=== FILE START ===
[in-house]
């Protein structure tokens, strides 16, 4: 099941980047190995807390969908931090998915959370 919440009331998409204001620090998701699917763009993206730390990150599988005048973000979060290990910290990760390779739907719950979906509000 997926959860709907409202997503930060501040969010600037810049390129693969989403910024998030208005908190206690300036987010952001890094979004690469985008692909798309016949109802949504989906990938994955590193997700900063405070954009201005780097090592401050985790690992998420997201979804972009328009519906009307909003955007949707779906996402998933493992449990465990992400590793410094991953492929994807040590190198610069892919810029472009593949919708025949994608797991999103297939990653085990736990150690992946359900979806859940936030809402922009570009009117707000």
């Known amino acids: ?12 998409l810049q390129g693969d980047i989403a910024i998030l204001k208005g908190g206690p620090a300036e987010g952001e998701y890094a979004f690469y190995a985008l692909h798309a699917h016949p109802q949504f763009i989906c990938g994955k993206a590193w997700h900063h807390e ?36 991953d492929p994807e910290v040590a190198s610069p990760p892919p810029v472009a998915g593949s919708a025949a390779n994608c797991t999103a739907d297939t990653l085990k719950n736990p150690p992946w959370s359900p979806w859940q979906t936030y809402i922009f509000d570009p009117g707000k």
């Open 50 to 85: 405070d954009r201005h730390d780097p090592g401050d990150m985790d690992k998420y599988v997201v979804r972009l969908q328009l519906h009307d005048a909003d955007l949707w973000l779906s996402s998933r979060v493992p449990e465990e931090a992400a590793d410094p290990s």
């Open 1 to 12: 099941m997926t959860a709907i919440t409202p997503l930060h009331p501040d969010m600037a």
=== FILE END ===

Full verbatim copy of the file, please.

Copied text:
[in-house]
């Protein structure tokens, strides 16, 4: 099941980047190995807390969908931090998915959370 919440009331998409204001620090998701699917763009993206730390990150599988005048973000979060290990910290990760390779739907719950979906509000 997926959860709907409202997503930060501040969010600037810049390129693969989403910024998030208005908190206690300036987010952001890094979004690469985008692909798309016949109802949504989906990938994955590193997700900063405070954009201005780097090592401050985790690992998420997201979804972009328009519906009307909003955007949707779906996402998933493992449990465990992400590793410094991953492929994807040590190198610069892919810029472009593949919708025949994608797991999103297939990653085990736990150690992946359900979806859940936030809402922009570009009117707000």
């Known amino acids: ?12 998409l810049q390129g693969d980047i989403a910024i998030l204001k208005g908190g206690p620090a300036e987010g952001e998701y890094a979004f690469y190995a985008l692909h798309a699917h016949p109802q949504f763009i989906c990938g994955k993206a590193w997700h900063h807390e ?36 991953d492929p994807e910290v040590a190198s610069p990760p892919p810029v472009a998915g593949s919708a025949a390779n994608c797991t999103a739907d297939t990653l085990k719950n736990p150690p992946w959370s359900p979806w859940q979906t936030y809402i922009f509000d570009p009117g707000k």
């Open 50 to 85: 405070d954009r201005h730390d780097p090592g401050d990150m985790d690992k998420y599988v997201v979804r972009l969908q328009l519906h009307d005048a909003d955007l949707w973000l779906s996402s998933r979060v493992p449990e465990e931090a992400a590793d410094p290990s």
């Open 1 to 12: 099941m997926t959860a709907i919440t409202p997503l930060h009331p501040d969010m600037a």